|Side of injury||Right||22 (44%)||31 (40.3%)||0.676|
|Left||28 (56%)||46 (59.7%)|
|Symptoms||Cognitive||23 (46%)||37 (48.1%)||0.823|
|Motor||43 (86%)||61 (79.2%)||0.321|
|Speech||15 (30%)||39 (50.6%)||0.019|
|CN||20 (40%)||34 (44.2%)||0.647|
|Ataxia||20 (40%)||19 (24.7%)||0.077|
|Comorbidities||DM II||19 (38%)||18 (23.4%)||0.087|
|HTN||38 (76%)||44 (57.1%)||0.026|
|Dyslipidemia||34 (68%)||48 (62.3%)||0.518|
|IHD||10 (20%)||20 (26%)||0.443|
|Previous stroke||7 (14%)||5 (6.5%)||0.192|
|Smoker||9 (18%)||14 (18.2%)||0.979|
|Medications||AA||27 (54%)||51 (66.2%)||0.175|
|Statins||31 (62%)||48 (62.3%)||0.97|
|DM II medications||13 (26%)||14 (18.2%)||0.311|
|HTN medications||36 (72%)||48 (62.3%)||0.097|
Data are expressed as means±standard deviation. *Significant by two-tailed paired t-test. Bold text marks statistical significance (P < 0.05). CN – cranial nerves, DM II – diabetic mellitus type 2, HTN – hypertension, AA – anti-aggregates.
Compared to cortically located strokes, the EF & attention domains at baseline were significantly higher in the subcortically located strokes (92.37 vs. 85.19, p = 0.009, 88.44 vs. 80.78, p = 0.012, respectively, see Table 4). There were no other significant differences in cognitive domains (p > 0.05, see Table 4).
Post-HBOT, there were no significant differences between patients with subcortical strokes compared to cortical strokes (p > 0.05, see Supplementary Fig. I). Moreover, there were no significant changes in the CSI between subcortical strokes compared to cortical strokes (90% vs. 87.23%, p > 0.05, see Fig. 4).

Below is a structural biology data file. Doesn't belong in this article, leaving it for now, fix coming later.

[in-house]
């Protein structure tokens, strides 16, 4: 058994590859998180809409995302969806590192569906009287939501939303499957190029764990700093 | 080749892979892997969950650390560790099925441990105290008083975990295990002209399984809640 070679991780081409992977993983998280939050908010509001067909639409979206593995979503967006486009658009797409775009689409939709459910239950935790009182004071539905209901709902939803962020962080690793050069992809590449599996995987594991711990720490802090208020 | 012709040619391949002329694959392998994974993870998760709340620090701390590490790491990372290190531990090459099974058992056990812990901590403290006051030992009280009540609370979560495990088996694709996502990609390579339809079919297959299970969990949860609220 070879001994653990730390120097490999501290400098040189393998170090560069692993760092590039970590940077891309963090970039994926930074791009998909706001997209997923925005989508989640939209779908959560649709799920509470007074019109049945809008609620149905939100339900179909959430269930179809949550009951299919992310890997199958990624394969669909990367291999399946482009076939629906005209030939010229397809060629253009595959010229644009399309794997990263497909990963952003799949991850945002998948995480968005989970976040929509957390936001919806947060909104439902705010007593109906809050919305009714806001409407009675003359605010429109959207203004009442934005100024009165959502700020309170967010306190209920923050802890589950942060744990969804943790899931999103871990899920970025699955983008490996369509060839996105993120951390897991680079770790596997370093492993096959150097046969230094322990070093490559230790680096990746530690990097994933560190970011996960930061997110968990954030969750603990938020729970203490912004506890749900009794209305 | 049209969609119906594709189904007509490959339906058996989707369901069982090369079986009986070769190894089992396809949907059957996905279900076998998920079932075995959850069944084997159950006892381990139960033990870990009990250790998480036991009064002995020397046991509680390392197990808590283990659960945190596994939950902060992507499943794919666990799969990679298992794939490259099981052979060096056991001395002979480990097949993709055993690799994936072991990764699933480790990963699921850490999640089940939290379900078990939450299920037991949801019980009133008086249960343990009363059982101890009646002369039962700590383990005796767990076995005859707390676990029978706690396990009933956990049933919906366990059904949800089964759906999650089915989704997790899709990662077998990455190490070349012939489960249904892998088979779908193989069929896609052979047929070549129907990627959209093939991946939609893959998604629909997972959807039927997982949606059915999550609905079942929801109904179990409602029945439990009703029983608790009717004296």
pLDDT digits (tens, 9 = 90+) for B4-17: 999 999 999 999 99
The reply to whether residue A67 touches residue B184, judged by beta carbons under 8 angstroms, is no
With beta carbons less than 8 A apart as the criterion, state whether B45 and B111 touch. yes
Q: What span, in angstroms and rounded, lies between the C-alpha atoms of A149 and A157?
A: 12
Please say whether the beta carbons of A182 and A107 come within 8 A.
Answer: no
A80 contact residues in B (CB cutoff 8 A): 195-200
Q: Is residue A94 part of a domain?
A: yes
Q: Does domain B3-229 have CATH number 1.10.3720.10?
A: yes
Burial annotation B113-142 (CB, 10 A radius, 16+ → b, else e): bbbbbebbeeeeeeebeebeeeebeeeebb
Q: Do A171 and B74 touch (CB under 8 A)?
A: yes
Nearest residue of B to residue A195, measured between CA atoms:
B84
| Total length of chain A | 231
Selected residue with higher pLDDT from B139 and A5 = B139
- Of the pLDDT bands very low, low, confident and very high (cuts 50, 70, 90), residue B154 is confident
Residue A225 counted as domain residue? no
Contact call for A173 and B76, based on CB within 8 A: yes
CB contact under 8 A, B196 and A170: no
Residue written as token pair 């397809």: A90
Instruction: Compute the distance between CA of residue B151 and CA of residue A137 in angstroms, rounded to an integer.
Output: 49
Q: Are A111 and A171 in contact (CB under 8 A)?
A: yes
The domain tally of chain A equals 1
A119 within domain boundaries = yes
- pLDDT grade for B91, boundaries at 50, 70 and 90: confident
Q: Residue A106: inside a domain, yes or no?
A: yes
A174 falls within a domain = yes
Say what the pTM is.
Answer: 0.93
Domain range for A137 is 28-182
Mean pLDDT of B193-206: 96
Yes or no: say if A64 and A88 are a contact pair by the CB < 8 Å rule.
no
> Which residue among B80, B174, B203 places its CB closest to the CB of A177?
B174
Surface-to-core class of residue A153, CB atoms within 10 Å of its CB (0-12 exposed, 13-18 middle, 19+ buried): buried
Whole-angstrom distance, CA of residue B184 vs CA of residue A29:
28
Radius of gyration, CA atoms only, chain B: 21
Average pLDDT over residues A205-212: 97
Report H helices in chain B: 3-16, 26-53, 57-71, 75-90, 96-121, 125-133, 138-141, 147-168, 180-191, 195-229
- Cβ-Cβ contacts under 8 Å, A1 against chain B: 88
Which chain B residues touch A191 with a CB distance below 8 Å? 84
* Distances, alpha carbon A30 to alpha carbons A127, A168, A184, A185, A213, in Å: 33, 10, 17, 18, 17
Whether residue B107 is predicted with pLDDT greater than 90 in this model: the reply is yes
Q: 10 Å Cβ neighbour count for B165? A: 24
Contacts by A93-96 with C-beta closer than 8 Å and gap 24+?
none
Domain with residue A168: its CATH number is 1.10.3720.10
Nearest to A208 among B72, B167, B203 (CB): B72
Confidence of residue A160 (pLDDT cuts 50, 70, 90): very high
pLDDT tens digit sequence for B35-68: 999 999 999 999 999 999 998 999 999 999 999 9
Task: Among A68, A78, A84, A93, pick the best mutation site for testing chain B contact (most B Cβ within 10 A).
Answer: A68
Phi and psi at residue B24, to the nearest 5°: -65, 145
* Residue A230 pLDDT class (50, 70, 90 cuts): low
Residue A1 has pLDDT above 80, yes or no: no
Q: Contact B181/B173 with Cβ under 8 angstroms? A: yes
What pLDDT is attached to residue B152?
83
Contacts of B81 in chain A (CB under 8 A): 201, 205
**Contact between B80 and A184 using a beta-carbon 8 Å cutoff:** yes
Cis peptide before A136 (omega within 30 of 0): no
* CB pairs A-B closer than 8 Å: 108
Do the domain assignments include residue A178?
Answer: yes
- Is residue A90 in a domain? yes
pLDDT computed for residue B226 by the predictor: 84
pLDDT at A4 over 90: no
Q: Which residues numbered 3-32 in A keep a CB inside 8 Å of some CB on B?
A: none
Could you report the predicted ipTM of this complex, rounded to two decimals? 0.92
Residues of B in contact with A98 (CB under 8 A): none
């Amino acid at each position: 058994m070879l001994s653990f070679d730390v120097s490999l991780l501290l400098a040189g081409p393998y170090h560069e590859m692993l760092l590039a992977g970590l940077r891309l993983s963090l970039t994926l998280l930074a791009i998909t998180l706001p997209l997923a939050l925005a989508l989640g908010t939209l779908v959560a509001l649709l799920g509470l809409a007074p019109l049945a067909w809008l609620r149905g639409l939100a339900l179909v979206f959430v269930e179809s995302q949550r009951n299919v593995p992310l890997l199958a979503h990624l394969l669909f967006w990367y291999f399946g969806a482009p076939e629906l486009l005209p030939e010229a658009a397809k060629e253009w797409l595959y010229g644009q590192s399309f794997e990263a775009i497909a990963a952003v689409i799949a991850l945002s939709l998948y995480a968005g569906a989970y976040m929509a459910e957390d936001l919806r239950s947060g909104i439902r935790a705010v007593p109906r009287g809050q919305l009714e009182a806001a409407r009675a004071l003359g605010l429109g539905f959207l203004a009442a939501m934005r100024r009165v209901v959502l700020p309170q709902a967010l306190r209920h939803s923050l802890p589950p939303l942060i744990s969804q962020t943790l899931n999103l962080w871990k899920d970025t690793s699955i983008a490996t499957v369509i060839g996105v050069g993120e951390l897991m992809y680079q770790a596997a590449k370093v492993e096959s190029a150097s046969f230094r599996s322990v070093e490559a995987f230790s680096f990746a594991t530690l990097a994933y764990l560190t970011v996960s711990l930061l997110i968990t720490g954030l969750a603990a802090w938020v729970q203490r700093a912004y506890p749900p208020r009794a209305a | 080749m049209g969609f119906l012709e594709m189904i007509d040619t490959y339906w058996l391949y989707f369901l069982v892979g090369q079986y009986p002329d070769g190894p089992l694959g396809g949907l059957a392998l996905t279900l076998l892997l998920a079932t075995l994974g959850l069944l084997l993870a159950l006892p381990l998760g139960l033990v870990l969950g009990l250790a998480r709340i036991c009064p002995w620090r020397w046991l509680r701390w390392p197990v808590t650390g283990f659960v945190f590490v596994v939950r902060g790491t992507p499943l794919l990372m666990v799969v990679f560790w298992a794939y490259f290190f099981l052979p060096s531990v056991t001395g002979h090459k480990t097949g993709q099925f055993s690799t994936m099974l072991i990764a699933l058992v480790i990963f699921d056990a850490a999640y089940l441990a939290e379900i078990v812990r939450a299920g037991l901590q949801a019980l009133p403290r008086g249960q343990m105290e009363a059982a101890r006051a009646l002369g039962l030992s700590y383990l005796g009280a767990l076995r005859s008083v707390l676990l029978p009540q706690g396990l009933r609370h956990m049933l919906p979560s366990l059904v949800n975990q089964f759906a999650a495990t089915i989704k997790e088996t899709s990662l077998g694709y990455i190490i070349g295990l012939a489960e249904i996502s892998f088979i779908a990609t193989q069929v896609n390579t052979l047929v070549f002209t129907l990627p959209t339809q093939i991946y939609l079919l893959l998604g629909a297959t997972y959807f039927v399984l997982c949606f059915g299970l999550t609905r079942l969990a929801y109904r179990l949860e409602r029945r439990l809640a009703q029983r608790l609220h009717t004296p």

3.2.3Dominant vs. non-dominant hemisphere
Including only right-handed patients, at baseline, there were significant differences in speech and motor symptoms between patients with left dominant hemisphere strokes compared to right non-dominant hemisphere strokes (p < 0.05, see Table 6). There were no significant differences at baseline cognitive function between the dominant and non-dominant hemisphere strokes (p > 0.05, see Table 4).
|Rt. handed analysis||Non-dominant (n = 56)||Dominant (n = 54)||P-value*|
|Sex – males||38 (67.9%)||40 (74.1%)||0. 477|